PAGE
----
Hand Rearing Bald Crows

Janiece Solomon, Henry Mills


Bald Crows or Yellow-headed Rockfowl, Picathartes gymnocepha/us, are found in virgin African forests among the rocky cliffs from Sierra Leone to Ghana. Originally classified with the crows, they resemble starlings anatomically, but experts place them with the thrush-babblers because of their nesting habits. They are ground birds that hop about the fallen leaves. In the wild, they peck briskly in the loose ground cover for small insects and infant reptiles and also fish for amphibians in small streams. They build an open cupshaped nest of mud in cliffs and crevices (about 6-15 feet above the ground) along vertical cliff faces. During the breeding season, the female lays two creamy white mottled eggs per clutch. Nestlings are fed by regurgitation.

The San Antonio Zoo has exhibited up tO eleven Bald Crows since 1970. The artificial habitat consists of a glassfronted semicircular enclosure 3m x 4.5m with a skylight. There is a small shallow pool in the center, 86cm long x 50cm wide x 13cm deep sloping tO 4cm deep with running water. Ground cover is of wood chips, leaves and sand, and small shrublike plants surround the pool. Along the walls, artificial rockwork has been molded t0 resemble natural cliffs. The enclosure is cleaned in a routine fashion once a day.

The adults are fed rwo ounces of "insectile mix" and "meat and fruit mix" per bird once a day and supplemented with crickets and mealworms. Food is taken from a metal feeding pan placed on the ground.

In San Antonio, the first egg was laid in February 1976 in a cup-shaped mud nest built in a crevice on a wall of the ex-


hibir. Afrer several days in the nest it disappeared, and the keepers presumed it had been eaten. In August 1979, another egg was laid, chis rime on the ground beneath the brush. Because the first egg was apparently pilfered, chis egg was pulled our of the exhibit and placed in a rollex incubator. The incubator was set at 99.5 °F (37.5 °C), wet bulb at 85 °F (30 °C). After a 26 day incubation period, the egg hatched and the chick was hand-reared. In 1981, two eggs were laid in a different mud nest, pulled from the enclosure and after 23 and 21 day incubation periods, both eggs hatched and the chicks were hand-reared. We will devote this paper to the derailed rearing records of the chicks raised at the San Antonio Zoo in 1981.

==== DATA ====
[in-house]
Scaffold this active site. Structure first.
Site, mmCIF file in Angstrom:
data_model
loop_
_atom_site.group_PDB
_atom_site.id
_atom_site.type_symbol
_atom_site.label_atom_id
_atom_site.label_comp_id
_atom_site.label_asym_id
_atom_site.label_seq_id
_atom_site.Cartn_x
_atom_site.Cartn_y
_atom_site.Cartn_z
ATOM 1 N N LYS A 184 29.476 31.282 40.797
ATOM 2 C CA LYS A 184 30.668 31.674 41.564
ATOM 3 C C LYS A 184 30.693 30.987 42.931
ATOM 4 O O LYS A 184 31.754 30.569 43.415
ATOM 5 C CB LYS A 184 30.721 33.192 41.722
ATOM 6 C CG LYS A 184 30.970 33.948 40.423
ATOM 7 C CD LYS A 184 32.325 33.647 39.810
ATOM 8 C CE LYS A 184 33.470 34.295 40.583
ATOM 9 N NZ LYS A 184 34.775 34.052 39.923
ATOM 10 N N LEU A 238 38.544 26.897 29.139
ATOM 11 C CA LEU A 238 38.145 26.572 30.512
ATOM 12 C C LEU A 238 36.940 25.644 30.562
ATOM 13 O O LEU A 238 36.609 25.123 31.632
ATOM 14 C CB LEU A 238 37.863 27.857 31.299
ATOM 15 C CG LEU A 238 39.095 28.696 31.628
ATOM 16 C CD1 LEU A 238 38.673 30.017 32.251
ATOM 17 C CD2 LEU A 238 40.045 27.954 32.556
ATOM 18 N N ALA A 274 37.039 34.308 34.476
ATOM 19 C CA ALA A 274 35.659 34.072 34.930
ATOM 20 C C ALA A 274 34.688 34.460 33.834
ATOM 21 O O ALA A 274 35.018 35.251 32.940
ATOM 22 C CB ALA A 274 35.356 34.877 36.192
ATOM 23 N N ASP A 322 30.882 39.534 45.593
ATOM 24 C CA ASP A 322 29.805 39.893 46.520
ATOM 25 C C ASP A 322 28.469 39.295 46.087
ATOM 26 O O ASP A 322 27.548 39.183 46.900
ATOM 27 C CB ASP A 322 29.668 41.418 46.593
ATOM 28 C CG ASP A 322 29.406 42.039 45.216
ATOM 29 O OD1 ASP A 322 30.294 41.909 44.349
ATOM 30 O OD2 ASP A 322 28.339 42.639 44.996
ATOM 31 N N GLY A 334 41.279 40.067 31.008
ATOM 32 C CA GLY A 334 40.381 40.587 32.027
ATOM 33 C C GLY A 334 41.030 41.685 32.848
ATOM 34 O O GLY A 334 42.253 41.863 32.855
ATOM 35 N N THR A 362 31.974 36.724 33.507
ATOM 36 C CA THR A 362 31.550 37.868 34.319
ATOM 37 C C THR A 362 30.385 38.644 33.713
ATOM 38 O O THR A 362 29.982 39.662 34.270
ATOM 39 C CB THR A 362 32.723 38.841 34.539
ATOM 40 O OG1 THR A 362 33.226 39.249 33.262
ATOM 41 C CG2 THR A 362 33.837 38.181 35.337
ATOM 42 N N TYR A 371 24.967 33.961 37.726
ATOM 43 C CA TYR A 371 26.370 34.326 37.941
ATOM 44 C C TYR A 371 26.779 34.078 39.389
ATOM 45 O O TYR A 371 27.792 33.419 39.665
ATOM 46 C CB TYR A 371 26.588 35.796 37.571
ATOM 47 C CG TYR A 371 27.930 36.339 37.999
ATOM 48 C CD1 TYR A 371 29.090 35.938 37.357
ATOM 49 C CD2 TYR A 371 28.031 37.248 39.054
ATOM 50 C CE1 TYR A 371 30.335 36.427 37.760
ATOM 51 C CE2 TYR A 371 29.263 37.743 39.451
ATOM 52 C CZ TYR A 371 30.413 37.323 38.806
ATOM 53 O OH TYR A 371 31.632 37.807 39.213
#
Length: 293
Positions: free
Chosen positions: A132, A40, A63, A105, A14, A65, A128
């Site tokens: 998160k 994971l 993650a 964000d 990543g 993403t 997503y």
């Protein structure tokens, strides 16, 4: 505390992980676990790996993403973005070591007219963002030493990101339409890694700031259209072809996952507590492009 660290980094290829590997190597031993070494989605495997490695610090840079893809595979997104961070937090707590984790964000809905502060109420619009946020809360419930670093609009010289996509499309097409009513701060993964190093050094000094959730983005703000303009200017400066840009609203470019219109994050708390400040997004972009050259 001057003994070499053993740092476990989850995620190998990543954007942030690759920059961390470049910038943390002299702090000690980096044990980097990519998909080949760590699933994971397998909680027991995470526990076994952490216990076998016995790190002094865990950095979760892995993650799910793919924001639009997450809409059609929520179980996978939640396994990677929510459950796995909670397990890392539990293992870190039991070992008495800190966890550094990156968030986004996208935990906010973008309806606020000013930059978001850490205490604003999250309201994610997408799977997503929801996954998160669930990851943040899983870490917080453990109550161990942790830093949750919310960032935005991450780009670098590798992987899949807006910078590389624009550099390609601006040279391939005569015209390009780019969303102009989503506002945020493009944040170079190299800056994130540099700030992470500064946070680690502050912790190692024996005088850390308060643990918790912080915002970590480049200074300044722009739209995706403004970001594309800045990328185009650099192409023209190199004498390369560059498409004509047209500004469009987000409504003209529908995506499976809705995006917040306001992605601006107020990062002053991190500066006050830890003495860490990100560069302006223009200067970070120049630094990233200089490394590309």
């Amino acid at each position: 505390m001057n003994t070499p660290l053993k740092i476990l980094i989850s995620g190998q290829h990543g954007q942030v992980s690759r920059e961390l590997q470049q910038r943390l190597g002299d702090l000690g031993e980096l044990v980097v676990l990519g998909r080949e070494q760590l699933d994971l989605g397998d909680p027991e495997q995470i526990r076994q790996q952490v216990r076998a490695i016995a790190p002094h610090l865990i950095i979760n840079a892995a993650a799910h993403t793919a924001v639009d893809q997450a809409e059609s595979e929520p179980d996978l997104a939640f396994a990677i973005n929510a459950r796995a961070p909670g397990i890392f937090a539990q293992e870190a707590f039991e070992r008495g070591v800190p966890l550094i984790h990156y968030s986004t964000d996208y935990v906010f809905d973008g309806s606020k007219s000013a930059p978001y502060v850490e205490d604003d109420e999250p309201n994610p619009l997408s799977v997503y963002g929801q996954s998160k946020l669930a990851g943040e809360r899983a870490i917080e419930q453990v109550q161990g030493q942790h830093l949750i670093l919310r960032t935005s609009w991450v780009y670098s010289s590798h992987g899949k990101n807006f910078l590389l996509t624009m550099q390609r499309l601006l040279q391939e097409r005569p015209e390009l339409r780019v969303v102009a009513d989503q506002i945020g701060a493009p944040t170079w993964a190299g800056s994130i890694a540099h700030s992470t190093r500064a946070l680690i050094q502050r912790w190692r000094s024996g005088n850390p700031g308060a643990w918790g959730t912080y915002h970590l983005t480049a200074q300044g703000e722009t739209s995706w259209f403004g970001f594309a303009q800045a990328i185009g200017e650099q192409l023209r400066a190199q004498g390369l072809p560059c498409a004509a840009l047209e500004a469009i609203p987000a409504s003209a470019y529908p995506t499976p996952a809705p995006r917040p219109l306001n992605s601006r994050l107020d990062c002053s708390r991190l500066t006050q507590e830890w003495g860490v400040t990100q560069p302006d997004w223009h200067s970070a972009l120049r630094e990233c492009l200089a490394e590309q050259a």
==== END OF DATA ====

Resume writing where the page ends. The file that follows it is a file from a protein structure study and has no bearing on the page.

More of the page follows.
DIET AND FEEDING SCHEDULE Approximately six hours after the chicks hatched, we fed one bite of cricket entrails as the first feeding. After this was tolerated, we fed one bite of cricket entrails alternating with one bite of chopped pinkie mouse dipped in a vitamin solution every hour for three days. On day four we starred feeding pinkie mouse and cricket entrails each feeding and one bite of water-soaked Wayne dog food every other feeding, still on an hourly schedule. During chis time the chicks gained 4- 7 grams per day. On day 10 we changed them to an hour and a half feeding schedule, increasing the amount at each feeding to 2-3 bites of pinkie mouse and 2-3 bites of cricket entrails. On day 11 the chicks were fed one bite of dog food each feeding and the amount of pinkie was increased to 5-6 bites per feeding. Day 12 we scarred feeding cricket bodies (no head, legs or wings) and decreased the frequency to


every 2 hours. On day 16 we introduced moulted mealworms. Also on day 16, "insectile mix" was gradually begun, starting at a ratio of 3/4 chopped pinkie mouse to 1/4 insectile. The pinkie content was gradually decreased until the chicks were eating only insectile. By day 23, feeding times were reduced to 4 times a day and were again reduced to 3 times a day by day 30. At this time we started offering a pan of insectile free choice, with mealworms on top. When the birds started picking up insectile on their own, and were making sufficient gains in weight, the feedings were again reduced to 2 times a day, then 1 time a day until finally we discontinued hand feeding.


After hatching, the chicks were placed in a brooder box that measured 71.5cm x 38cm x 35.5cm. The box had a 15.5cm x 15.5cm window and a 30.5cm x 30.5cm sliding door made of plexiglass. The box was also equipped with a Marsh Farms brooder heating element that was thermostatically controlled and set at 98 °F (36 °C). For air circulation, a Marsh Farms Turn-X incubator lid was mounted on top of the box with the heating element turned off. The lighting in the box was subdued.

The temperature was kept at 98 °F (37 °C) until day 9 when the temperature was reduced to 96 °F (3 5. 5 °C). On day 11 the temperature was decreased to 94°F (34.5°C), day 14 to 92°F (33°C), day 16 to 90°F (32°C), day 17 to 88°F (31 °C), day 19 to 85 °F (29°C), day 21 to 82 °F (27 °C). Because these birds were hatched during the winter, we decreased the temperature slowly.



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